These are some of the questions Sara Custer discusses with deptuy news editor John Morgan and Hanna Holborn Gray who served as president of the University of Chicago from 1978 to 1993 and actiing president of Yale University from 1977 to 1978. 

 

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Often overshadowed by other higher education behemouths in Europe like Germany, the Netherlands and France, central European universities still have high ambitions to be hubs for research that attract global talent. But competing with well-established systems nearby isn't the only challenge they face. Rising populism, brain drain and compartively low investment in innovation are often barriers to progress. 

 

Sara Custer speaks with THE's Europe reporter David Matthews as well as Jan Palmowski, secretary general of the Guild of European Research-Intensive Universities, to discuss the challenges and opportunities in the region. Tim Sowula head of content and engagement for THE's World Summit Series also sits in to talk about the upcoming Research Excellence Summit in the Czech Republic. 

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Is academic freedom under threat in China? Should academics in China be considered foreign agents? How globally competitive is China, really? These are the questions we discuss in this podcast that focuses on China's efforts to bring its univeristy system up to world class standards and the current concern in the US, Australia and the UK that the Chinese regime is using academics to exert its ideology.

 

Sara Custer is joined by THE reporter Ellie Bothwell and Nian Cai Liu, professor at Shanghai Jiaotong Univeristy and founder of the Academic Ranking of World Universities. 

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The deadline for companies in the UK with 250 emoloyees or more to report on the salaries paid to male and female staff was 4 April. Sara Custer is joined by reporter Rachael Pells who has been covering the topic of the gender wage gap for THE to discuss the data UK universities have reported.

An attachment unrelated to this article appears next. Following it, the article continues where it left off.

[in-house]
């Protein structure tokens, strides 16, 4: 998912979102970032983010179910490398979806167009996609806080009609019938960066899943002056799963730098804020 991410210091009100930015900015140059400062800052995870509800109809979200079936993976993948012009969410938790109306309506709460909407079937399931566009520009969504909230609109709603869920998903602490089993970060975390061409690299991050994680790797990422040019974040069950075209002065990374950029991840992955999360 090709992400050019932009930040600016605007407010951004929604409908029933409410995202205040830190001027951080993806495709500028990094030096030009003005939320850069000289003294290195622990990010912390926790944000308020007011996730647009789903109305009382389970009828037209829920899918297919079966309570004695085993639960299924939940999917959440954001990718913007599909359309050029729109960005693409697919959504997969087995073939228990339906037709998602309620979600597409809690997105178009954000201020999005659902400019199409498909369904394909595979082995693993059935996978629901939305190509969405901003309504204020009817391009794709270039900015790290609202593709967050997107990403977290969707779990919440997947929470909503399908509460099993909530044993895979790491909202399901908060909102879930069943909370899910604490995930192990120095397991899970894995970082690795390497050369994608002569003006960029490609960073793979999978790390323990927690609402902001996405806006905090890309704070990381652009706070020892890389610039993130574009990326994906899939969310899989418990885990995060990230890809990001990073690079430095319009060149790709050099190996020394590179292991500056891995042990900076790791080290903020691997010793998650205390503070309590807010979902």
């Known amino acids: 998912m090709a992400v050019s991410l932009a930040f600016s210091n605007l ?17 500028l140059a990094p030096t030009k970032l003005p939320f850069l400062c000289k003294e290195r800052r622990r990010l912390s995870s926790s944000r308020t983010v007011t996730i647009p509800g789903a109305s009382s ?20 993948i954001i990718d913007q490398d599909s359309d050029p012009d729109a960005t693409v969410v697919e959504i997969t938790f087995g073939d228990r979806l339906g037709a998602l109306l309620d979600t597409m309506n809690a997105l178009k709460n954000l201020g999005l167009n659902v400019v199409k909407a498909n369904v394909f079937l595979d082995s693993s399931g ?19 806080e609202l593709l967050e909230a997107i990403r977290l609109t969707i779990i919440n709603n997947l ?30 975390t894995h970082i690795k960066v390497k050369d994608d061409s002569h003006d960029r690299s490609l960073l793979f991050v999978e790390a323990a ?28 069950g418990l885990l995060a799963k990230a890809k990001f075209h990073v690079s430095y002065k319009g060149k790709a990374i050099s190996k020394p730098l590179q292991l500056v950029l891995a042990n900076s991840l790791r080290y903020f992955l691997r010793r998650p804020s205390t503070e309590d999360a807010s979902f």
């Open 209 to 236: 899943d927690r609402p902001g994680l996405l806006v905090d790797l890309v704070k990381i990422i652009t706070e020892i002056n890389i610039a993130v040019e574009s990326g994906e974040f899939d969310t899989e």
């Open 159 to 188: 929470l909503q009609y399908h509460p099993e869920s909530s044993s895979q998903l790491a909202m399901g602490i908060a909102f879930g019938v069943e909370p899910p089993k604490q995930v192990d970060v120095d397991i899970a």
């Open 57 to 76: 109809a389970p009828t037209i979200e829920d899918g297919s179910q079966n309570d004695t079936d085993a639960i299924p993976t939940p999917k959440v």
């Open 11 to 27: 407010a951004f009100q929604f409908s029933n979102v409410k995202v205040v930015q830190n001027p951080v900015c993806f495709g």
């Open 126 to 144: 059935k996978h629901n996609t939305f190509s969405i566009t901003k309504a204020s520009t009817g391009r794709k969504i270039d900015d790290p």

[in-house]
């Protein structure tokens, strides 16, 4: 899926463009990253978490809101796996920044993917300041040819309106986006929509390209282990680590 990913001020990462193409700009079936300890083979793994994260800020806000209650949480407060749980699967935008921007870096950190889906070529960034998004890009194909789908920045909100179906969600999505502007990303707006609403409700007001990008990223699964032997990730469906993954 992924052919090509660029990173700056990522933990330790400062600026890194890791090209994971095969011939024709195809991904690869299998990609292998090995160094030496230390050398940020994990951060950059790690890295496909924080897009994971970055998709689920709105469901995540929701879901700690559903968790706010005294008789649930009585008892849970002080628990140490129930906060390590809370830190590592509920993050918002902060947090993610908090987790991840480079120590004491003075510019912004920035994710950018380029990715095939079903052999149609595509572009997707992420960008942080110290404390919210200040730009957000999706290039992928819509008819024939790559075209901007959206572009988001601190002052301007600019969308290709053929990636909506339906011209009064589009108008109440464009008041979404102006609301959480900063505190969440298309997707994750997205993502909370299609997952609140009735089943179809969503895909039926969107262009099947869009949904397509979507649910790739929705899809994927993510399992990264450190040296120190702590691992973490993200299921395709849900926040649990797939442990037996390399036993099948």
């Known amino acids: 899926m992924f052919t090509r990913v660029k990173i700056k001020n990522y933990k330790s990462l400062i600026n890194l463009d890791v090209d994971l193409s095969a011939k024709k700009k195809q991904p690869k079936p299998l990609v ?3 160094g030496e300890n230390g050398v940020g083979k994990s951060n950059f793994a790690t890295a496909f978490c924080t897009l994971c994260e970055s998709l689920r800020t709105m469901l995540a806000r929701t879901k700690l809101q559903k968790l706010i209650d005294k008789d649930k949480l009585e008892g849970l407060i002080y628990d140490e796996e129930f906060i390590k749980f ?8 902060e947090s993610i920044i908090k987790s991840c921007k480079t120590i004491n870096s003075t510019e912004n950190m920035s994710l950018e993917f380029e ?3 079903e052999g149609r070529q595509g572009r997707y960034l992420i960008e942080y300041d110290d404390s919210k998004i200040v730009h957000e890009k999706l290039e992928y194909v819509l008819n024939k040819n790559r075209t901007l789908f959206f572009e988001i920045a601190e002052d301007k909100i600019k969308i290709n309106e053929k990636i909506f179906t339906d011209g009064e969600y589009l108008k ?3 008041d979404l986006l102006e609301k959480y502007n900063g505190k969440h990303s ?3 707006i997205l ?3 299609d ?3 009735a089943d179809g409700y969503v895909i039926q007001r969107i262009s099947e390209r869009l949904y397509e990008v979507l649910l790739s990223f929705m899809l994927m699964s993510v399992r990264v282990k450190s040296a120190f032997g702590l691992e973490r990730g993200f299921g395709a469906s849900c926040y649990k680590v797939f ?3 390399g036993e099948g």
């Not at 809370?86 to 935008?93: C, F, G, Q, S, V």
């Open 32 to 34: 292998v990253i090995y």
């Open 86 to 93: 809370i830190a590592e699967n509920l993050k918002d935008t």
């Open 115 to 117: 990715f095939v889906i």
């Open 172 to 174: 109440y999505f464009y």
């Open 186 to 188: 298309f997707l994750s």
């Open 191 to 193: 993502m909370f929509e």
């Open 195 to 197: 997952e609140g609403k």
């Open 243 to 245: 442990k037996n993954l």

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President Trump signed a long-awaited spending bill promising $1.3 trillion to fund the federal government for the next year. Included in the bill were some pleasant surprises for higher education and research but is it too soon to ring the vicotry bell? Sara Custer speaks with THE's acting deputy news editor Ellie Bothwell and John Aubrey Douglass a senior reseach fellow for public policy and higher education at UC Berkeley about what the funding means for students and research agencies. 

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In this podcast, Tim Sowula, head of content and engagement for the World Summit Series, chats with Phil Baty, editorial director for global rankings and Ellie Bothwell, rankings editor, about the highlights of the summit as they wait for their plane home from Jeddah.

The Times Higher Education MENA Universities Summit was held in Saudi Arabia at host instituion King Abdulaziz University 19-21 March. University leaders and stakeholders from around the world gathererd to discuss how to develop knowledge economies in order to build sustainable futures for countries in the region. THE's annual list of the best Arab universities in the world was also revealed during the event.